I also, more recently, got some financial help from some family members.....something I was always way too proud to do for a long, long time.

 

I don't know if this is what you were looking for........I hope it helps.

 

I do expect/hope to work for $$$ again and maybe until I am 70 or something.......if I get my way.......one never knows.  I don't expect I will work 90 hour weeks though or make huge sums but I really do feel like I have got it left in me to contribute somewhere.  I do what I can, without pay.........when I can as well............as far as work goes.

 

Anyway........I think one of the big things I have learned through all this is.........that none of us can do this alone.........I mean apart(in isolation) from having some helpful, kind, giving relationships and possibly somewhere to get some financial/living assistance. 

 

It does appear that work can be a blessing for some, an actual stress reducer, as well, during the period of acute W/D so there is that too.........the possibility of doing something outside your "career" scope if you have one, for awhile........  something funnish but that pays or that suits for a time and helps pay the bills.

 

Best to you,

 

mmt

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nicolantana   
nicolantana

Hey guys,

 

maybe there is a topic about this already. I'm reading alot of stories good bad and ugly...and quite a few people seem to be working....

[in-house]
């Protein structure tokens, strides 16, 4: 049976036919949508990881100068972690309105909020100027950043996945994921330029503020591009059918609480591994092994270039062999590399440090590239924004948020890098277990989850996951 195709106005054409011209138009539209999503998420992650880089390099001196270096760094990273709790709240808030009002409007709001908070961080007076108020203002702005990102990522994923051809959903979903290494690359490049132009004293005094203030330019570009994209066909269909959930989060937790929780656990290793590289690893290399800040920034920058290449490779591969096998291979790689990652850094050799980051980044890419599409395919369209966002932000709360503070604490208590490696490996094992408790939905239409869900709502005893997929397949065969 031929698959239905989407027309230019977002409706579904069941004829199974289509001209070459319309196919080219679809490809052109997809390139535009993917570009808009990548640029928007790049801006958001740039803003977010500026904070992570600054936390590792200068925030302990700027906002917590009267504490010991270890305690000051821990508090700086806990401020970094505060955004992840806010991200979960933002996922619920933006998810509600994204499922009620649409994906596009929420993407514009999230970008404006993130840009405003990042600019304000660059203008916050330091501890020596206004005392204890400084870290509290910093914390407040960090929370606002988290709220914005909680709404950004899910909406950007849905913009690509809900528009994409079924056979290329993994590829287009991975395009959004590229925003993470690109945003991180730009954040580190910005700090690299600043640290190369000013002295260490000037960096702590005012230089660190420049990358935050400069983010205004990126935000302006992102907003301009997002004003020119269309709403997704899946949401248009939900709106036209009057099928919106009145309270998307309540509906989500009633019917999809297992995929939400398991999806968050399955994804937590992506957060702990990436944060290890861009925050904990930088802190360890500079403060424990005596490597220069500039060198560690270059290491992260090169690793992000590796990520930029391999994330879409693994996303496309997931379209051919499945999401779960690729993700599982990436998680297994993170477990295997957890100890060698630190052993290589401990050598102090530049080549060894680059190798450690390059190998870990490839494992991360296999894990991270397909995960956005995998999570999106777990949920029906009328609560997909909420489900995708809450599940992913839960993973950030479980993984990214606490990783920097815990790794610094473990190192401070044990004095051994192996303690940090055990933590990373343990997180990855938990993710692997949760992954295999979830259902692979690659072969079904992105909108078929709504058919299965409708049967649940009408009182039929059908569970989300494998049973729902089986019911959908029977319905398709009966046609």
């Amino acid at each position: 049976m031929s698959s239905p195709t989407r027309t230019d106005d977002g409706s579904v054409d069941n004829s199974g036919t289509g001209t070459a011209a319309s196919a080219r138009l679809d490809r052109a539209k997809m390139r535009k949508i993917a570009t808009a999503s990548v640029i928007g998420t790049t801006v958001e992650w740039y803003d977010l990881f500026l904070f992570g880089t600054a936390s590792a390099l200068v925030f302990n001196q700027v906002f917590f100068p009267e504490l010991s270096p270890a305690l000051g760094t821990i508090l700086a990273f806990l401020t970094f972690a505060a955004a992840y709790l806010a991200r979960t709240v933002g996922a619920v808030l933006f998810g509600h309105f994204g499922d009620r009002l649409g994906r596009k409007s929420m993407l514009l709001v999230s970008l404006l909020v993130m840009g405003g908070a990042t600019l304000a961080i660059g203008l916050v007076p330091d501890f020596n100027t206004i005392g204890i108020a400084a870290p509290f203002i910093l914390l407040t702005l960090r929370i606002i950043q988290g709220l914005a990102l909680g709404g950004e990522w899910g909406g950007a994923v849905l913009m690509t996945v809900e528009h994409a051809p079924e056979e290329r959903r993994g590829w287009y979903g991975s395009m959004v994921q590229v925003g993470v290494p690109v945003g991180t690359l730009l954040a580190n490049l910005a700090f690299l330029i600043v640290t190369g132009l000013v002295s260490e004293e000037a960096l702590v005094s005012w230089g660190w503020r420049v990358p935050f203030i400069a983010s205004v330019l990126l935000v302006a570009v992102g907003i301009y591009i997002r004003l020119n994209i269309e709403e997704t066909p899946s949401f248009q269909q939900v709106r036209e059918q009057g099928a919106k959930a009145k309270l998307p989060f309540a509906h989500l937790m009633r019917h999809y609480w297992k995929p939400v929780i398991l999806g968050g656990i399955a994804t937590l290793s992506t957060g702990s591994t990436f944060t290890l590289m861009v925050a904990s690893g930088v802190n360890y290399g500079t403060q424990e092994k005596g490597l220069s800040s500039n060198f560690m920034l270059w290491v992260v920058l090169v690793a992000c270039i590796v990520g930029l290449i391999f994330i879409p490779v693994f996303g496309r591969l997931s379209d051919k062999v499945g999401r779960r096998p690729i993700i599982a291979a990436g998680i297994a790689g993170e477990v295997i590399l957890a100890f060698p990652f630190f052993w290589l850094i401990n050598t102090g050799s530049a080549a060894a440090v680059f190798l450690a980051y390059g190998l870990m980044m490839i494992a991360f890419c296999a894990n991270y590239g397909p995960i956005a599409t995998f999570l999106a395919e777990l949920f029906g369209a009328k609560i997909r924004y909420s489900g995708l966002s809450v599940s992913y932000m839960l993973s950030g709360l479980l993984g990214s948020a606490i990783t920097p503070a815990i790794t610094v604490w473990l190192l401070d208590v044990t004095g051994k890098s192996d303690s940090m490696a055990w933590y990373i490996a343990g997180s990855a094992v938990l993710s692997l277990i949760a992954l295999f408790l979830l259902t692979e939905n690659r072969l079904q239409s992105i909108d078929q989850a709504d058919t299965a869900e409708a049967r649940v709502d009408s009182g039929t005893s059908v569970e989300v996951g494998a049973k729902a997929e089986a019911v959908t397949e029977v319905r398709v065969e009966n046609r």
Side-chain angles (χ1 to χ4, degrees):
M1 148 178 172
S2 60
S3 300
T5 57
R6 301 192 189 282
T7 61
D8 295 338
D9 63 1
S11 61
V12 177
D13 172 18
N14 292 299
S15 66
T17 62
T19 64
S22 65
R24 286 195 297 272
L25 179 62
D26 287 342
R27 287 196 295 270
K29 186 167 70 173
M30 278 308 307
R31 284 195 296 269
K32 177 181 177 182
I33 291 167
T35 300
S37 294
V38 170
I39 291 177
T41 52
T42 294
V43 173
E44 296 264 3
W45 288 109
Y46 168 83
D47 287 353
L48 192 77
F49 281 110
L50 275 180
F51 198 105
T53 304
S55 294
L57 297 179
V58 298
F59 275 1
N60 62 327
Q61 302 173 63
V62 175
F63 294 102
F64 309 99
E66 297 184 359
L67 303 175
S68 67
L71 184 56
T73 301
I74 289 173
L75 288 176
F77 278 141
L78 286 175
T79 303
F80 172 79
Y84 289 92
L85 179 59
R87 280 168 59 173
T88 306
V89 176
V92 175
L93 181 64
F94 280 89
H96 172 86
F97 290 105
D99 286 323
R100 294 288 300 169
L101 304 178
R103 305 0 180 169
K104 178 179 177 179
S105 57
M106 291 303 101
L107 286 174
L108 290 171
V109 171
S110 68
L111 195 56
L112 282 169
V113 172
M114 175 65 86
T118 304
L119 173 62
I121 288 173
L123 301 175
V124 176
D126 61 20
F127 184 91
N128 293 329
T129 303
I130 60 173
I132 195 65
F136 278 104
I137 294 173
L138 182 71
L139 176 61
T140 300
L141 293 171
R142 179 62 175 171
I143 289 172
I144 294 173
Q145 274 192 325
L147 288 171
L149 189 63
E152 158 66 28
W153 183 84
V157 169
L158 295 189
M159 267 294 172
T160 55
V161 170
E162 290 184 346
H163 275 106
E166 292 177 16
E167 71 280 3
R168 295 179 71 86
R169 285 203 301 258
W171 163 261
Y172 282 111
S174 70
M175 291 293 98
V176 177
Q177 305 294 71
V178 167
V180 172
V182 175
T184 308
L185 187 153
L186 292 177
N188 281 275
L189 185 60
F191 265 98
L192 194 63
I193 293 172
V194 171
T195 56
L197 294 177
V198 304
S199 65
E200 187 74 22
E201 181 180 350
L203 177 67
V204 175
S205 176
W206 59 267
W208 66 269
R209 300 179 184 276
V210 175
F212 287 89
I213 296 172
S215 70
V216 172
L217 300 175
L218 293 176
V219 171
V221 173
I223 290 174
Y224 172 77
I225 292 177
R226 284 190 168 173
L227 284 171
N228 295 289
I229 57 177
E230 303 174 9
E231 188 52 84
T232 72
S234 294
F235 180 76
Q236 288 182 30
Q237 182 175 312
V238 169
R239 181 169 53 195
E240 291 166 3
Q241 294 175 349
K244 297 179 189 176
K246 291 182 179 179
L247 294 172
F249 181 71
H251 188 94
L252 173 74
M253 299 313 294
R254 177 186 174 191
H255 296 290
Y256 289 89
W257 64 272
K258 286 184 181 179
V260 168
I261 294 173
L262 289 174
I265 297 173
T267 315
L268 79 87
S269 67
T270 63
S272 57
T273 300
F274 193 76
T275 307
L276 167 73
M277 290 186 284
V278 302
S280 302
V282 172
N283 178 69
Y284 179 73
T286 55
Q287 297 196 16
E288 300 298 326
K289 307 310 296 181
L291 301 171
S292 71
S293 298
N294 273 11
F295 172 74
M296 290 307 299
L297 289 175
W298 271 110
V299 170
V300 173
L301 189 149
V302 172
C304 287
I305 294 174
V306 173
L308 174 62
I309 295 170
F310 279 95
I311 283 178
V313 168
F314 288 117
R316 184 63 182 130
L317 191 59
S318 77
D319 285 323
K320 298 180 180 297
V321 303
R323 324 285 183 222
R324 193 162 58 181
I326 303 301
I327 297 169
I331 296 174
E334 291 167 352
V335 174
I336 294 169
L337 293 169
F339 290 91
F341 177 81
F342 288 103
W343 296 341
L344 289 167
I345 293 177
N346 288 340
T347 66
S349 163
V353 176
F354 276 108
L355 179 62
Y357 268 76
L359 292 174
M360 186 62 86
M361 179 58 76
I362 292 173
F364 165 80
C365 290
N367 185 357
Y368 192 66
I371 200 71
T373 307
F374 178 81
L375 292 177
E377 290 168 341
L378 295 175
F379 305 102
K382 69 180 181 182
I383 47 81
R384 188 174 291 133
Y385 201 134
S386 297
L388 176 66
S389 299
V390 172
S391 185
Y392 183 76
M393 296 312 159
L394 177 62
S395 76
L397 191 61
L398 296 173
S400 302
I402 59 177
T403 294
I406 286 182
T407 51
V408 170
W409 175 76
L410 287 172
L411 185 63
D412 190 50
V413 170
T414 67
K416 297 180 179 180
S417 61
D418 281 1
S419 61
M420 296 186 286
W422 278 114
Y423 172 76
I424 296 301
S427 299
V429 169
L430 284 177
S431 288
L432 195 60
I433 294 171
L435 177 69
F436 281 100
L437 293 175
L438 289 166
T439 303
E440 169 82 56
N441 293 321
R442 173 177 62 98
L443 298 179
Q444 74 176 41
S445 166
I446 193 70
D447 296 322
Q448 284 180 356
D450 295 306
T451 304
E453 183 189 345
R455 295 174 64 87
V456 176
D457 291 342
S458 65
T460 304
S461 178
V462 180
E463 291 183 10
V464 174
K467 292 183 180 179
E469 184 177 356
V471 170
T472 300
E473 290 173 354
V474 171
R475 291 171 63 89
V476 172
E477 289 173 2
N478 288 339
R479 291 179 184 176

Are a lot of you working? This sounds crazy to me, if you have any of the withdrawal symptoms surely it's near impossible to function?

 

And with Anhedonia?? That's my situation and with Anhedonia, I struggle to DO ANYTHING, never mind work....

 

just throwing it out there...thoughts?

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keepinghope   
keepinghope

I've worked full-time throughout my withdrawal, apart from 3 months when I was signed off because I herniated a disc. I look back now and wonder how the hell I managed it that first year... It was hard. It still is very hard sometimes and I struggle to motivate myself, get up in the morning (especially after a bad night's sleep) and concentrate all day.

 

On the other hand, it gives me something to focus on other than myself, and it forces me to get out of the house and interact with people. And no matter how much I want to stay at home alone with the curtains drawn, I usually do feel better for having been out. That said, my main reason for working through withdrawal is necessity, bills won't pay themselves. If I had a bit of money to fall back on I think I might have saved myself a lot of stress during withdrawal by not working, and maybe healed quicker, but who knows, maybe pushing myself helped.

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IHadPassion   
IHadPassion

I've continued to work part time but only because I've had a very understanding boss and very fortunate work situation.  If it weren't for the flexibility my boss has allowed me I would not have been able to maintain employment. 

 

Whether or not it has been good for me to work or not work is another issue.  I've taken up to a month straight off and found that I did better overall just being able to control my environment and not have any stress.  If I had the financial means, I would not have forced myself to work during this period.

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nicolantana   
nicolantana

Interesting.....I guess I should state that I'm from Ireland...which quite a generous welfare system (rightly or wrongly)..